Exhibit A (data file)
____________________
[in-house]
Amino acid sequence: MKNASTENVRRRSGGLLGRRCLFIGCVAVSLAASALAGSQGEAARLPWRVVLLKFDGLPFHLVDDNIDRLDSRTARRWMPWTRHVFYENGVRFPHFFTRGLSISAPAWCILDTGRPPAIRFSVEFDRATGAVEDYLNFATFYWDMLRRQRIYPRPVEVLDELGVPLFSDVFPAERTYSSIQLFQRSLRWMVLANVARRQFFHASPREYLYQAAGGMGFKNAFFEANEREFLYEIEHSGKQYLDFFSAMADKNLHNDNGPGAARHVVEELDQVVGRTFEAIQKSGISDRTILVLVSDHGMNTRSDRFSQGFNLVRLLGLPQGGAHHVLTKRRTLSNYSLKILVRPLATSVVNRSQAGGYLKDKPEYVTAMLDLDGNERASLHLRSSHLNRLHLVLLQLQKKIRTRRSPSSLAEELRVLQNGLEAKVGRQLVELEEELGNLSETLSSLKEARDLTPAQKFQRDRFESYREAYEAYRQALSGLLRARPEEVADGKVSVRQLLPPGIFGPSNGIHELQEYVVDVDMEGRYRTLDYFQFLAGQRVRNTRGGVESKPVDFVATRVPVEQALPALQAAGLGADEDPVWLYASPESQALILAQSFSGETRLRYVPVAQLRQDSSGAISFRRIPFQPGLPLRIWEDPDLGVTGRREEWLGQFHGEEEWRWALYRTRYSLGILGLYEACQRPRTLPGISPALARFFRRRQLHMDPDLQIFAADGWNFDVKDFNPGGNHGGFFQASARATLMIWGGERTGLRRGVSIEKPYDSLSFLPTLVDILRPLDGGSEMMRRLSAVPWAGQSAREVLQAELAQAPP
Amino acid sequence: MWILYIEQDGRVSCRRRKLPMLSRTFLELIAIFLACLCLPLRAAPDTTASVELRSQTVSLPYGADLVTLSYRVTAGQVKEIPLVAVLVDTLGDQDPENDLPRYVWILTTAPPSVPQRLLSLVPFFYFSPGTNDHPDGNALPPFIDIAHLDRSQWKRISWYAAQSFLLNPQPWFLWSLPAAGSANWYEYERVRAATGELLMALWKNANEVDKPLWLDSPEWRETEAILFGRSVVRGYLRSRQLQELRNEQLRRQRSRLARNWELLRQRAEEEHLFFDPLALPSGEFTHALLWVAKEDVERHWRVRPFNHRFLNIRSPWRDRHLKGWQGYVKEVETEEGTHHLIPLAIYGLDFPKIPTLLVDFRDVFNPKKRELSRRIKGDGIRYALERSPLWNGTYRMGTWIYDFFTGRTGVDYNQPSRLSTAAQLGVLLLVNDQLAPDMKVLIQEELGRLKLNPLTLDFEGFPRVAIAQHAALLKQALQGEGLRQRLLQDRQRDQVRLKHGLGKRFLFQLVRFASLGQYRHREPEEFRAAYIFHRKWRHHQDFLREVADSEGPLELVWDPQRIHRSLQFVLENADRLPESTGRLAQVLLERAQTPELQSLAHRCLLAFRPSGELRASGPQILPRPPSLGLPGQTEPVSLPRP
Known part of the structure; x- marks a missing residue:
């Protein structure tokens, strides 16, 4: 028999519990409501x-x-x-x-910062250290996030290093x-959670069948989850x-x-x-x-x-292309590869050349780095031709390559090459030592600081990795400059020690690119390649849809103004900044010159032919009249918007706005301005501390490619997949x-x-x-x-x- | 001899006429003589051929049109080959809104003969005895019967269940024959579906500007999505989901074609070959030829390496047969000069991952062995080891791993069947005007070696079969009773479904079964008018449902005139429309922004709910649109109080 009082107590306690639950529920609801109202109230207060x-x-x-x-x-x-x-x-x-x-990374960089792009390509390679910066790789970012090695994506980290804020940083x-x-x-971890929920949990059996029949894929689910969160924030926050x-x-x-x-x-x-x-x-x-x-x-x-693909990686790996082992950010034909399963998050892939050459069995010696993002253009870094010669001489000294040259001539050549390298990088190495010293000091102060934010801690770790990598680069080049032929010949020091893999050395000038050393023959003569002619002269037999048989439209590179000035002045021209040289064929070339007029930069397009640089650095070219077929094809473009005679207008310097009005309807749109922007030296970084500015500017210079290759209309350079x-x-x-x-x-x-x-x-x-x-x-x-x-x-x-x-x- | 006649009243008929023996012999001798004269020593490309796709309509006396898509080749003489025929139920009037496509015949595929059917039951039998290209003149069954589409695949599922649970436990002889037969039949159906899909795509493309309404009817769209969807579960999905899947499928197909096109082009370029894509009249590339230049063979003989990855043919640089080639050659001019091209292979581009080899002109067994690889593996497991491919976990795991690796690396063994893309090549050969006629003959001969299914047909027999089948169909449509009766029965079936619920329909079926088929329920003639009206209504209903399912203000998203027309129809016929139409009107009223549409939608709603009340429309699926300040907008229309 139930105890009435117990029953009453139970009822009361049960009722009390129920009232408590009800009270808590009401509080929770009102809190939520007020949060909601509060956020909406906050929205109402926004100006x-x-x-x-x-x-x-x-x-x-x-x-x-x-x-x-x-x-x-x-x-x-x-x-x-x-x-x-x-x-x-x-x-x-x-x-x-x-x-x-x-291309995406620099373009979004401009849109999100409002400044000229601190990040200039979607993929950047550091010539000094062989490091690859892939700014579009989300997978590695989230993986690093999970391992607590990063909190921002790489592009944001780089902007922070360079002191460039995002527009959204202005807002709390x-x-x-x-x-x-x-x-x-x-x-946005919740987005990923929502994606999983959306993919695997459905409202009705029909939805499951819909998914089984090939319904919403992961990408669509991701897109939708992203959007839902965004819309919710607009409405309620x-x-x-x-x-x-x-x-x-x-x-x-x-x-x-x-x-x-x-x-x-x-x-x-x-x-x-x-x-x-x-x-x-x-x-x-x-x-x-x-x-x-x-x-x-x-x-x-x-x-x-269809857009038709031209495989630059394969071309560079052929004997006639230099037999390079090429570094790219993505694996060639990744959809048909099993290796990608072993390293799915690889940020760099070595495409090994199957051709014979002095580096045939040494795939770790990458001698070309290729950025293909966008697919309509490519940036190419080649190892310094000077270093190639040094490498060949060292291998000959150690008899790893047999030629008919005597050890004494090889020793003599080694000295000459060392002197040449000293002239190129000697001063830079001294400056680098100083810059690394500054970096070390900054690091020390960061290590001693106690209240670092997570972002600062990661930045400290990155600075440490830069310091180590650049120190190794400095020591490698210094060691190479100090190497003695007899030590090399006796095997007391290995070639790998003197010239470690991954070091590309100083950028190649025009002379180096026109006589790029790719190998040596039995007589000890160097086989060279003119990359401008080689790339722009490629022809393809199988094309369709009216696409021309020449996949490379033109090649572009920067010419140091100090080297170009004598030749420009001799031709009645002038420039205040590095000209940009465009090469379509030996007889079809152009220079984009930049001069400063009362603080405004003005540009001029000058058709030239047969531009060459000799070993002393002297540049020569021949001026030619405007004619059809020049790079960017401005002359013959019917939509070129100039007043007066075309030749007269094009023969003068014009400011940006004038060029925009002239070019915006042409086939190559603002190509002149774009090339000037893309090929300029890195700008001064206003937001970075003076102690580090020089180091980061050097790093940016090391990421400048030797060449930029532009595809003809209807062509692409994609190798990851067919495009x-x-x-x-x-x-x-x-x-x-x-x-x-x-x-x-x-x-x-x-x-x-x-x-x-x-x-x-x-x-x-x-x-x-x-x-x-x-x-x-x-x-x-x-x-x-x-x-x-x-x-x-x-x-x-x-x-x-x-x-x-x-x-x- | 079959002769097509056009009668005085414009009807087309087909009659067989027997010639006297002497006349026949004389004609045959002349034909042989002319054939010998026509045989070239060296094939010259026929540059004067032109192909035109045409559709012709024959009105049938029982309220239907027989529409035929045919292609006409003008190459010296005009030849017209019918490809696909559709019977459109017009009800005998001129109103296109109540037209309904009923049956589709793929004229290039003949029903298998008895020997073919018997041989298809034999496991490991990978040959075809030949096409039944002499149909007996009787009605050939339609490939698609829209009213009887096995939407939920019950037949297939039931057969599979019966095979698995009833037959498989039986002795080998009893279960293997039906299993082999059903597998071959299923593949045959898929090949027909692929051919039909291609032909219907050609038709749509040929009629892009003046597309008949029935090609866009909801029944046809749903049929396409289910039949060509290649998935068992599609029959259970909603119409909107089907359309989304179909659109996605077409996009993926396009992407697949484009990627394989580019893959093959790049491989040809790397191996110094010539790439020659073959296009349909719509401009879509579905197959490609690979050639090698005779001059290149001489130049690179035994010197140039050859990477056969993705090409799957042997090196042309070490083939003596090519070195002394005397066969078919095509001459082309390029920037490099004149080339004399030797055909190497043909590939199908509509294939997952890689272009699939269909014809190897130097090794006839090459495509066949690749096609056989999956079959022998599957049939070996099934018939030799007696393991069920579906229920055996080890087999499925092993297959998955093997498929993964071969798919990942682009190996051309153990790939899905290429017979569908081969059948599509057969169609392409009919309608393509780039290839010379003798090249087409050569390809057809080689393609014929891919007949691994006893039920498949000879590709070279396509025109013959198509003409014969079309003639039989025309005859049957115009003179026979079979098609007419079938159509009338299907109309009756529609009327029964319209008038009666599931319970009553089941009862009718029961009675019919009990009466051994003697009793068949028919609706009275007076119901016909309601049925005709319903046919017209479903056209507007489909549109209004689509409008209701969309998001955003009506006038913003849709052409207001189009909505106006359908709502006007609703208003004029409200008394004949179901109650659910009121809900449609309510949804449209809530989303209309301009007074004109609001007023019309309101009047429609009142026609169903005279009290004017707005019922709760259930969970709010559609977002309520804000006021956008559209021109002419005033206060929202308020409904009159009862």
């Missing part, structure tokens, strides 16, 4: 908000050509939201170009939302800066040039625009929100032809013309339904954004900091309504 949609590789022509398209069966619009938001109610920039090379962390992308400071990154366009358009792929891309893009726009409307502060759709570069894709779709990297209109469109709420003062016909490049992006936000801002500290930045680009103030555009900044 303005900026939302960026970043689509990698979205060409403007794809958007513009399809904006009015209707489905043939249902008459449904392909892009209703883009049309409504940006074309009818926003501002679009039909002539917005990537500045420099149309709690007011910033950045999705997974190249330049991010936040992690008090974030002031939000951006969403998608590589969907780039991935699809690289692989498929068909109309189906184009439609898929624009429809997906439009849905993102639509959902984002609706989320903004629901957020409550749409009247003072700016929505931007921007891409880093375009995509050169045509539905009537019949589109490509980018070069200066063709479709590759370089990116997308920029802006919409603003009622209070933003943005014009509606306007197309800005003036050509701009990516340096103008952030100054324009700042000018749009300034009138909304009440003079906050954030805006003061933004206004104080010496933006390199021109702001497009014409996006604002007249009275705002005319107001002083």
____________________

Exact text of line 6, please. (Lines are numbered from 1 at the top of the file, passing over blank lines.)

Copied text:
């Missing part, structure tokens, strides 16, 4: 908000050509939201170009939302800066040039625009929100032809013309339904954004900091309504 949609590789022509398209069966619009938001109610920039090379962390992308400071990154366009358009792929891309893009726009409307502060759709570069894709779709990297209109469109709420003062016909490049992006936000801002500290930045680009103030555009900044 303005900026939302960026970043689509990698979205060409403007794809958007513009399809904006009015209707489905043939249902008459449904392909892009209703883009049309409504940006074309009818926003501002679009039909002539917005990537500045420099149309709690007011910033950045999705997974190249330049991010936040992690008090974030002031939000951006969403998608590589969907780039991935699809690289692989498929068909109309189906184009439609898929624009429809997906439009849905993102639509959902984002609706989320903004629901957020409550749409009247003072700016929505931007921007891409880093375009995509050169045509539905009537019949589109490509980018070069200066063709479709590759370089990116997308920029802006919409603003009622209070933003943005014009509606306007197309800005003036050509701009990516340096103008952030100054324009700042000018749009300034009138909304009440003079906050954030805006003061933004206004104080010496933006390199021109702001497009014409996006604002007249009275705002005319107001002083």